Sorry, I didn't take any dingy before pics.

If you go to the Rit Dye website, they have a color guide, which tells you how much of which colors to mix to get the EXACT color that you want. I wanted gray. Specifically Neutral 2 #317. For that I was supposed to mix 1 tsp Tan + 1/8 tsp dark green + 1 c. water.

Problem was, I was dyeing towels. Thick, hotel-size towels. Two bath towels, two washcloths, and 1 bathmat. That meant I would have needed a TOOOOOON of dye. Especially because I think tan only comes in liquid form, which isn't as concentrated as the powder. And you can't use 1 tsp tan liquid and 1/8 tsp dk green powder.

Those measurements are for small cotton items, like a plain t-shirt, so I needed to multiply the whole thing by 8 or more. That = too much money.

All these things I think I figured out through the "error" part of trial and error. So I ended up w/ dark green towels. Think hunter green or forest green. :(

Then I bought a few boxes of Rit Color Remover and got light green towels.
Round 1:

Round 2:

That was about as good as I cared to get it. I gave up on removing all the color. I also gave up on mixing colors to get the exact shade of gray I wanted. So I just bought black. I figured a box of black powder would get toned down enough with so many towels to come out some form of gray.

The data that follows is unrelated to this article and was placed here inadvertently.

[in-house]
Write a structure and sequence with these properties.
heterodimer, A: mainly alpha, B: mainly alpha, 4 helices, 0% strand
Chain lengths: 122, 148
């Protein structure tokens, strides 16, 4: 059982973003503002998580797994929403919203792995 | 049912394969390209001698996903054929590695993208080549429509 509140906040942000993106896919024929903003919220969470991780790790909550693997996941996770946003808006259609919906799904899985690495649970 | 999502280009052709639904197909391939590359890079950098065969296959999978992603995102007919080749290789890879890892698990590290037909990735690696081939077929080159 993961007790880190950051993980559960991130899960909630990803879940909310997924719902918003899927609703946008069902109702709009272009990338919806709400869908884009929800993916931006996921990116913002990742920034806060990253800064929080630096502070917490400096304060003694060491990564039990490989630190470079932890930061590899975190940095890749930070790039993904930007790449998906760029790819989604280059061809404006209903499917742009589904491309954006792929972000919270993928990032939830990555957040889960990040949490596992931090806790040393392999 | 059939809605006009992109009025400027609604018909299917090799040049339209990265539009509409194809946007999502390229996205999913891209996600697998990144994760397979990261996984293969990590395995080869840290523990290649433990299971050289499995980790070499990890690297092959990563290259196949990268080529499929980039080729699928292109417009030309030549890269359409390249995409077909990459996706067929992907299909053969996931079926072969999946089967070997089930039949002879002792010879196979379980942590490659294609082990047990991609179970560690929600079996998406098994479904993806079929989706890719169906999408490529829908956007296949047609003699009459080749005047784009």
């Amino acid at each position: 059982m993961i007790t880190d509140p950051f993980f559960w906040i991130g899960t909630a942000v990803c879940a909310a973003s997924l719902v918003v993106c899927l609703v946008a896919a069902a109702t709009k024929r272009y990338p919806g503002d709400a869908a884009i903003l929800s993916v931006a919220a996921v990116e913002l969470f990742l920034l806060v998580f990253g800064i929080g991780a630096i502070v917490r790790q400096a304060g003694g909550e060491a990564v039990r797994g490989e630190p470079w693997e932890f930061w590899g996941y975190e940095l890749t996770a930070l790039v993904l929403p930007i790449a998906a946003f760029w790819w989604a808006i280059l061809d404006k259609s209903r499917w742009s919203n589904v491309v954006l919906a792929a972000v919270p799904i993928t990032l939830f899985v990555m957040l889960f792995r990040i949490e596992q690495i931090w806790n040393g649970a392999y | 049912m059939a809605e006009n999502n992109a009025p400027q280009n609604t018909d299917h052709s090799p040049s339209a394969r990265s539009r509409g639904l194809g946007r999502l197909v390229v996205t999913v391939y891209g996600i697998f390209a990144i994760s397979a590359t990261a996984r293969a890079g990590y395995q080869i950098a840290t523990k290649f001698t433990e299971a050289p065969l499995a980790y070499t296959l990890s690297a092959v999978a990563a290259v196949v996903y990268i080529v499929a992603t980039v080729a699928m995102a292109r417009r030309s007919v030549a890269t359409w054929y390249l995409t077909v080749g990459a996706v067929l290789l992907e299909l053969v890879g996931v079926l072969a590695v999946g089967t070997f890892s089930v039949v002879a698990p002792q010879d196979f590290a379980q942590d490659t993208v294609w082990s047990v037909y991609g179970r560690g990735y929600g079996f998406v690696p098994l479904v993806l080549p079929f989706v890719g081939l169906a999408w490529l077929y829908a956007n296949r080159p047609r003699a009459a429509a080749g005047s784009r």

And it did! Oh happy day! They were charcoal gray and they were lovely.

Then I washed them... and the color faded. :(   Unevenly. :(   So I test-washed them again and they faded even more. Unevenly again. At that point they were looking not-so-hot. Time to buy yet ANOTHER thing of dye. (I'm pretty sure I've been keeping that company alive by throwing money at them every few weeks.) This time I googled "dye setting". Cross your fingers with me that two rounds of 1 c. vinegar + 1/2 c. salt + detergent will result in no dye-loss! And here they are now.

Aren't they beautiful!?! I'm so excited. Next step: paint bathroom a complimentary light gray. (But that won't be happening for a loooooong time.)

I had so many questions while doing this, and Rit just doesn't have enough answers on their website. So I made a lot of mistakes along the way. But in the end, I think they came out well.
Ph-ew! (Let's hope this is the end anyway. At least for the towels. I've also been working on my sheets and pillow cases, with similar success rate - i.e. lots of mistakes. But they're not done yet, so that post will have to wait. And my wallet needs a break from buying dye and color remover.)

p.s. Some other tricky things about dyeing:

If you want to do it in your washing machine and you have a new energy-efficient washer (the kind that doesn't have a center spoke/arm), dyeing is a lot trickier. Dyeing is best done by filling up your washer with hot water first, then adding the dye, then mixing it (either by washer agitation or by stirring it manually somehow), and then adding the items to be dyed. Unfortunately, the new washers won't fill up enough if nothing's in them. So you have to add your items, let it fill up with water, pause it, remove & ring out the items, set the sopping wet items aside somewhere, add the dye, mix, and put the items back in the water.